This makes the Russian investigation more serious for Trump and his administration. If past behaviour is any guide it is likely to be strongly countered and criticised publicly.

White House Lawyer Ty Cobb:

“Nothing about the guilty plea or the charge implicates anyone other than Mr. Flynn.”

Cobb said that Flynn’s false statements to FBI ‘mirror the false statements to White House officials’ that led to his resignation

AN UPDATE ALREADY:

ABC News: Flynn has promised Special Counsel ‘full cooperation’ in Russia probe

Retired Lt. Gen Michael Flynn has promised “full cooperation” in the special counsel’s Russia investigation and, according to a confidant, and is prepared to testify that Donald Trump directed him to make contact with the Russians, initially as a way to work together to fight ISIS in Syria.

A close confidant told ABC News that Flynn felt abandoned by Trump in recent weeks, and told friends about the decision to make the plea deal within the last 24 hours as he grew increasingly concerned about crippling legal costs he would face if he continued to contest the charges.

A few furious tweets are unlikely to fix this.

 

 

Charged with possessing Isis propaganda, child sex abuse videos

This sounds like someone who may have some wide ranging problems.

NZH: NZ man charged with possessing Isis propaganda, ‘terrorist’s handbook’

A 19-year-old Dannevirke man appeared in the Palmerston North District Court yesterday after being charged with possessing terrorism propaganda.

Jordayne Evan Thomas Madams faces 10 charges of possessing objectionable material consisting of child sex abuse videos and images, and terrorism material.

He made no plea when he appeared in court and a police spokesperson said he was due to appear in court on December 7 – where he would be required to enter a plea.

According to court documents, that included a text file of The Terrorist’s Handbook, which gives instructions on how to assemble bombs and explosives, as well as Isis beheading videos.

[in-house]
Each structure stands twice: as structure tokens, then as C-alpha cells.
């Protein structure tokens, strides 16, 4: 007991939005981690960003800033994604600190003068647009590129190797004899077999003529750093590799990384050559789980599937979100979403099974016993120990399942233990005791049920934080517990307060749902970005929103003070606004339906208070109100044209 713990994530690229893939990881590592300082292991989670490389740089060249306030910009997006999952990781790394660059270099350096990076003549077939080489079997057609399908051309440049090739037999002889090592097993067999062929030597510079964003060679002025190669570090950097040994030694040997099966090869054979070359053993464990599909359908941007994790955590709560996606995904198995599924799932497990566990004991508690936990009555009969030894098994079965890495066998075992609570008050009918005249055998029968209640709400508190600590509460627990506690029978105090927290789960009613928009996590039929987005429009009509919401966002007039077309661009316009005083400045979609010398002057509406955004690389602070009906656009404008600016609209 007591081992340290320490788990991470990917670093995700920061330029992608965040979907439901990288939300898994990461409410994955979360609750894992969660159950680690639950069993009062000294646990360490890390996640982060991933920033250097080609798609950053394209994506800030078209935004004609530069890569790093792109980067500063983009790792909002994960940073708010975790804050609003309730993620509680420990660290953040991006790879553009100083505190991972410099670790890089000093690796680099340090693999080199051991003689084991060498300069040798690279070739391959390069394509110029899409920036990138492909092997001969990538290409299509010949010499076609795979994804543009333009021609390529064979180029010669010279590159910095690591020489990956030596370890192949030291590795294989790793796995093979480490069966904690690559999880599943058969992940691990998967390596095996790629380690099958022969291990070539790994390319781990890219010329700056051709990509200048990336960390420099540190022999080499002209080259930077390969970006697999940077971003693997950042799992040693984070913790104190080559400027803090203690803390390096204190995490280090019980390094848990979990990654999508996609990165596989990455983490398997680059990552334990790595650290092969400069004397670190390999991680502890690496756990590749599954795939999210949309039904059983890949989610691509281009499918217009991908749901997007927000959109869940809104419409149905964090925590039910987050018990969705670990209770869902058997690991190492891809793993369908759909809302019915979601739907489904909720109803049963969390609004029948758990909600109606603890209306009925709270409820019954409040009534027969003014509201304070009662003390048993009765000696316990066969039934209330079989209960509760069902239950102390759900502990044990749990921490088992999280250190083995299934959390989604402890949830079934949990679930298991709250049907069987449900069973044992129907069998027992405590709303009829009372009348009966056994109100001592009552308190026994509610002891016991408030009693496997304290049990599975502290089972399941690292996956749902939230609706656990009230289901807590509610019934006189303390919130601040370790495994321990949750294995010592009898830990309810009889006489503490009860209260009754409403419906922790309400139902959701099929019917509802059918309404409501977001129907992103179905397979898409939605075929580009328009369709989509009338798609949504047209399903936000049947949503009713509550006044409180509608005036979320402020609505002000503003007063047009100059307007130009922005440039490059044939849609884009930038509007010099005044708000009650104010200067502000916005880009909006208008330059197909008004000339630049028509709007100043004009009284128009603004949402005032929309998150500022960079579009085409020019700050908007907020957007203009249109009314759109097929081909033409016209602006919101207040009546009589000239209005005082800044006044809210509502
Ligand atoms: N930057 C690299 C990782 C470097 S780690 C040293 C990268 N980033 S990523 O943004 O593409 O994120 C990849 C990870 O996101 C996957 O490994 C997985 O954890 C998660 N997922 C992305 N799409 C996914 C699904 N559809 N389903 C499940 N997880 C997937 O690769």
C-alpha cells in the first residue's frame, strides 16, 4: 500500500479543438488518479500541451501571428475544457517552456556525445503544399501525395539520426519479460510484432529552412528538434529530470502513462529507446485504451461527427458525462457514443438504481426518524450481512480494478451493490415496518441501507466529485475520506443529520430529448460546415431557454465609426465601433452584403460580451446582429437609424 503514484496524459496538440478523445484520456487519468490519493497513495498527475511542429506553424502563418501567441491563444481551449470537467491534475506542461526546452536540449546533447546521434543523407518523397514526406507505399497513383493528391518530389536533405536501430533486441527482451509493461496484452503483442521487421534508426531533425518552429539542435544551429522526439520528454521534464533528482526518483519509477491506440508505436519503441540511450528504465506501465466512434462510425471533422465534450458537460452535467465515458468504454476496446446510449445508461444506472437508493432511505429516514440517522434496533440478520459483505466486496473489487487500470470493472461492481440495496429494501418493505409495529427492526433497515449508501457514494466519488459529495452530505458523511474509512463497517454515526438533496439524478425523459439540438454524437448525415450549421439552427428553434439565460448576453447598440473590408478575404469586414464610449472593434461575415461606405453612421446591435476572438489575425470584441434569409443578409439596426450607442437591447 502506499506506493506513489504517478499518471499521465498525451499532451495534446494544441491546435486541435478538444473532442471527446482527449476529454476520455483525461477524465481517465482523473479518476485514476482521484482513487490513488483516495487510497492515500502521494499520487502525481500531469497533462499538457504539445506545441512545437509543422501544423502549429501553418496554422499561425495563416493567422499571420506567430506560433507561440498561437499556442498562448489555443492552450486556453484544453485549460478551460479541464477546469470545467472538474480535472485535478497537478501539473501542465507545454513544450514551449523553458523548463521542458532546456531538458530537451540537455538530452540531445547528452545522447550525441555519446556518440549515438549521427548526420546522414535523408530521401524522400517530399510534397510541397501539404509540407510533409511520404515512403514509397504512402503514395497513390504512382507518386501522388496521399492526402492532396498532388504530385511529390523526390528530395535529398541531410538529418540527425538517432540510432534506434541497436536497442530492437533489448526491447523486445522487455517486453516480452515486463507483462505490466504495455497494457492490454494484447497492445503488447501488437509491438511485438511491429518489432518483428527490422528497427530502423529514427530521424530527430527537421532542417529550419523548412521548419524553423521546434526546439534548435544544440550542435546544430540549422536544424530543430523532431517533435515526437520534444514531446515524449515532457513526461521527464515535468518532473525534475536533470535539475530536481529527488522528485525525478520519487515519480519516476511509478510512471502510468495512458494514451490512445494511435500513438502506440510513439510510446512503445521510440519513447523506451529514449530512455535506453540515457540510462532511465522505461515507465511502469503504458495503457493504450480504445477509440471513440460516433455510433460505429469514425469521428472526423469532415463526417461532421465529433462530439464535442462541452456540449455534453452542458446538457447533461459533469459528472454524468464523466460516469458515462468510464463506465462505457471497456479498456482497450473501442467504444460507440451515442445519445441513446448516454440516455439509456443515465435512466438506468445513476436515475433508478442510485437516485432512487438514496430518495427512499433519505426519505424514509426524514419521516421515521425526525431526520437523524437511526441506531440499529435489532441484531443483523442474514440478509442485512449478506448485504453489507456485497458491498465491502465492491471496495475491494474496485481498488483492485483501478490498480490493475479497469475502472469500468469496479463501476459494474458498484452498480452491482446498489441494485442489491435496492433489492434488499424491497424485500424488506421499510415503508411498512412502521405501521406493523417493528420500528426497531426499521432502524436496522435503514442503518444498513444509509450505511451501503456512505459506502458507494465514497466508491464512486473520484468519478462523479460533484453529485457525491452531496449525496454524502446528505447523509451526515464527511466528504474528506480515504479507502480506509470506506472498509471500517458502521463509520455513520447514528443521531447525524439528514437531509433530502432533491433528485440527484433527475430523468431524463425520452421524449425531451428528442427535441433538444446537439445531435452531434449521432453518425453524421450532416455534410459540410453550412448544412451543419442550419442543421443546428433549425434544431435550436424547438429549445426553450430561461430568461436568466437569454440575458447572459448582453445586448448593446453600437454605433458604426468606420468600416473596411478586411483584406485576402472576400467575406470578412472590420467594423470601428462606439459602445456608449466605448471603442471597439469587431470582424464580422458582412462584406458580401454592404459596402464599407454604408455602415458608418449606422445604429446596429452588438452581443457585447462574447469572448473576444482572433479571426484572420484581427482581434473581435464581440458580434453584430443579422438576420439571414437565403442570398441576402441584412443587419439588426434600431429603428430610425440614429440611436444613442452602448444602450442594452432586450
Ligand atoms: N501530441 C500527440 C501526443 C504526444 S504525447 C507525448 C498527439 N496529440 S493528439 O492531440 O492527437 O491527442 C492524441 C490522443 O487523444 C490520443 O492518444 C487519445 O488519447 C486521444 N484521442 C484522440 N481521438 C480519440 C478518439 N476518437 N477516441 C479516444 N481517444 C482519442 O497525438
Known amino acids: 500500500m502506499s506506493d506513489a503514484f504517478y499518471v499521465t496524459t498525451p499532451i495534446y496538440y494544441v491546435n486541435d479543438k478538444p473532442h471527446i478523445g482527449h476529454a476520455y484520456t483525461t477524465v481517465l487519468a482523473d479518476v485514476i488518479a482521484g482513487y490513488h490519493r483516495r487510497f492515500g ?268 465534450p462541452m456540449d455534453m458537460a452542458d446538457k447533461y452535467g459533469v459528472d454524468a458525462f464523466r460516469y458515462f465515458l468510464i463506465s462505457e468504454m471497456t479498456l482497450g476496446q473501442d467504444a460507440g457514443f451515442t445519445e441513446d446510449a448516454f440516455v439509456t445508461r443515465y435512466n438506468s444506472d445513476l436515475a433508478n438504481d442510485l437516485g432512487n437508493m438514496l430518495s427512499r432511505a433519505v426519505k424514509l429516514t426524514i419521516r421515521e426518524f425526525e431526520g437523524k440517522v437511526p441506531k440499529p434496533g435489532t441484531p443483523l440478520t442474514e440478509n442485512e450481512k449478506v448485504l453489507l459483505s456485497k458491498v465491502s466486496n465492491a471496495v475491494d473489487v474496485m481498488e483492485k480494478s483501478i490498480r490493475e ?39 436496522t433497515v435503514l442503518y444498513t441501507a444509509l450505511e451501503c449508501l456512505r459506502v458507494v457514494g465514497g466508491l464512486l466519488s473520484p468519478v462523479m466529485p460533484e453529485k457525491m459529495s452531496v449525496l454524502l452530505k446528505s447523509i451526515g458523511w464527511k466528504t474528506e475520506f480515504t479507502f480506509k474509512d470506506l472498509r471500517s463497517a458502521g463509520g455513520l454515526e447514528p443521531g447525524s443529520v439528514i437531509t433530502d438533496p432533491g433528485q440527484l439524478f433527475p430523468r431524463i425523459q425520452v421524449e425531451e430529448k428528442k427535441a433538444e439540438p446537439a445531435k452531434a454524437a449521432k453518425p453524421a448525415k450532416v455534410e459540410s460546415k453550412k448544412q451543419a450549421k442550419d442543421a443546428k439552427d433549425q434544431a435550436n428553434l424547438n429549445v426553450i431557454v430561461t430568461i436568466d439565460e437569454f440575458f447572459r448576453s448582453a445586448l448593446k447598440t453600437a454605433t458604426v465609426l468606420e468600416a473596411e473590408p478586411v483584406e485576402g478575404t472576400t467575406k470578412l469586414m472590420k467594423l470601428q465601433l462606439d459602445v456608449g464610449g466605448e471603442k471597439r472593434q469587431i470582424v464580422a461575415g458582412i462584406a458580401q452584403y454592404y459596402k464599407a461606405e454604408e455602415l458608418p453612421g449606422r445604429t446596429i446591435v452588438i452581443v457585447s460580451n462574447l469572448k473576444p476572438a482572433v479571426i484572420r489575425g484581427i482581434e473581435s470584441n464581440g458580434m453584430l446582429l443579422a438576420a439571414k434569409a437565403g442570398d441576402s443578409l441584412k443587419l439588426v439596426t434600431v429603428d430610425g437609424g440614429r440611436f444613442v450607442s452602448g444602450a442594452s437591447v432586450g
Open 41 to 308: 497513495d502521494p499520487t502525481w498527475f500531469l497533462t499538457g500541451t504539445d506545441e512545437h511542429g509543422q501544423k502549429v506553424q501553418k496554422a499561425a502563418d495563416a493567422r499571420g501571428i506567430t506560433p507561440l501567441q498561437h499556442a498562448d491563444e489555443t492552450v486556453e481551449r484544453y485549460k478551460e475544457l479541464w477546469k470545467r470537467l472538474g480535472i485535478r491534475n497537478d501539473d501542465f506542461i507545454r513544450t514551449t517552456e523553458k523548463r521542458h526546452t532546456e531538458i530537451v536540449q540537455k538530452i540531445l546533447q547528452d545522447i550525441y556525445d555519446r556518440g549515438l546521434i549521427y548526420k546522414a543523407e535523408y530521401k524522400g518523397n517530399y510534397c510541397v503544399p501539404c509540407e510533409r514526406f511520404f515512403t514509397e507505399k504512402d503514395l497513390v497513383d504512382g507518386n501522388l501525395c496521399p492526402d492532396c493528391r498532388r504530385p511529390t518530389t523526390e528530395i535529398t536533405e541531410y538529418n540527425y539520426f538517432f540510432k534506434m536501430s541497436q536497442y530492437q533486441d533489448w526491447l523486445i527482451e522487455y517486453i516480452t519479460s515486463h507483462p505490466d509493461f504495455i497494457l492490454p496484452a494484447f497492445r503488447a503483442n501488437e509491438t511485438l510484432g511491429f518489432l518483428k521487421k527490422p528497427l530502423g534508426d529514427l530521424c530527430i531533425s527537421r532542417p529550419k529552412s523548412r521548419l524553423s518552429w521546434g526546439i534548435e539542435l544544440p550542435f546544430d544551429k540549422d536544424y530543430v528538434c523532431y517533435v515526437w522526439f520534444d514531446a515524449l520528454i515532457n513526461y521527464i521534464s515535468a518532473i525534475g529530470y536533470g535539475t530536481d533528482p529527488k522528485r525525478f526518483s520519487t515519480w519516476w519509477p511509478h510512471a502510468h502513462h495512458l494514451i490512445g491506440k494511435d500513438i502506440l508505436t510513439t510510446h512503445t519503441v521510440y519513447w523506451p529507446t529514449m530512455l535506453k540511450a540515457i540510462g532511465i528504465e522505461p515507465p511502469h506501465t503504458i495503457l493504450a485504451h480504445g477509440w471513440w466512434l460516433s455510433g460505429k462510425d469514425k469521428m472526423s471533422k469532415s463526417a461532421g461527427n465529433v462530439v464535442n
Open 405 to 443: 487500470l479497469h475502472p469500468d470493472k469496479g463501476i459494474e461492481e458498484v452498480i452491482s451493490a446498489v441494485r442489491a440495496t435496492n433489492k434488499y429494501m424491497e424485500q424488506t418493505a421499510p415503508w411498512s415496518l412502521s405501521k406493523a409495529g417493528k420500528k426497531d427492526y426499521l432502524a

It was also alleged Madams had videos showing Isis, a jihadist militant group predominantly operating in Syria, executing a captured soldier with a machinegun and carrying out a beheading.

The child sex abuse material involved photos and videos of preteen and teenage boys and girls in suggestive poses or taking part in sex acts, according to court documents.

No indication of whether he was a terrorism risk, or was just someone who, allegedly, was attracted to gross and illegal material.

Labour’s water policy

Jacinda Ardern announced Labour’s water policy yesterday, but many details have been left undecided, in particular who will be charged how much for water.

Clean rivers for future generations

Labour will lead a nationwide effort to restore our rivers and lakes to a clean, swimmable state, says Leader of the Opposition Jacinda Ardern.

“Clean water is the birth-right of all of us. I want future generations to be able to swim in the local river, just like I did. All our children deserve to inherit swimmable lakes and rivers – and they can, if we commit ourselves as a country to cleaning up our water.

“We can do this. We can restore our rivers and lakes to a truly swimmable standard. If we choose it, and if we all work together. It will mean using our water more carefully, and being smarter about how we manage our pollution.

“Labour will help with the task of protecting our waterways from agricultural pollution. Our Ready for Work programme will employ young people off the dole and give them work improving the environment – including fencing waterways, riparian planting, and other work to improve water quality.

“A royalty on the commercial consumption of water will assist with the cost of keeping our water clean. The royalty will be flexible to reflect the scarcity or abundance of water in different regions, the different quality of water, and its use. Royalty levels will be set following consultation and the revenue will largely be returned to regional councils.

“To help set the royalty, in my first hundred days, I’ll host a roundtable on water at Parliament, with all affected sectors. I will not set a rate until I have met with those who will be affected; this is an issue that we must tackle together.

“Labour believes when water is exported for profit, private companies should also pay a royalty.

“Labour will work with iwi to resolve Treaty water claims in a manner that respects iwi’s mana, and restores the mauri of our rivers and lakes.

“Our river and lakes are a taonga of huge significance to Māori, a favourite place of recreation for New Zealanders. It’s time to restore them for future generations. Let’s do this,” says Jacinda Ardern.

David Parker said all large users of water given permits through councils would pay for water, but wouldn’t define ‘large’.

Parker wouldn’t ‘pluck a figure out of the air’, so will go into the election promising water charges but deferring to an expert panel to decide how much, after the election of course.

 

Park charges?

A lot of National Park and other tourist facilities are provided free of charge to everyone in New Zealand.

Should tourists be charged?

Should there be more charges for locals? User pays?

https://initiativeblog.com/2016/12/12/private-walks/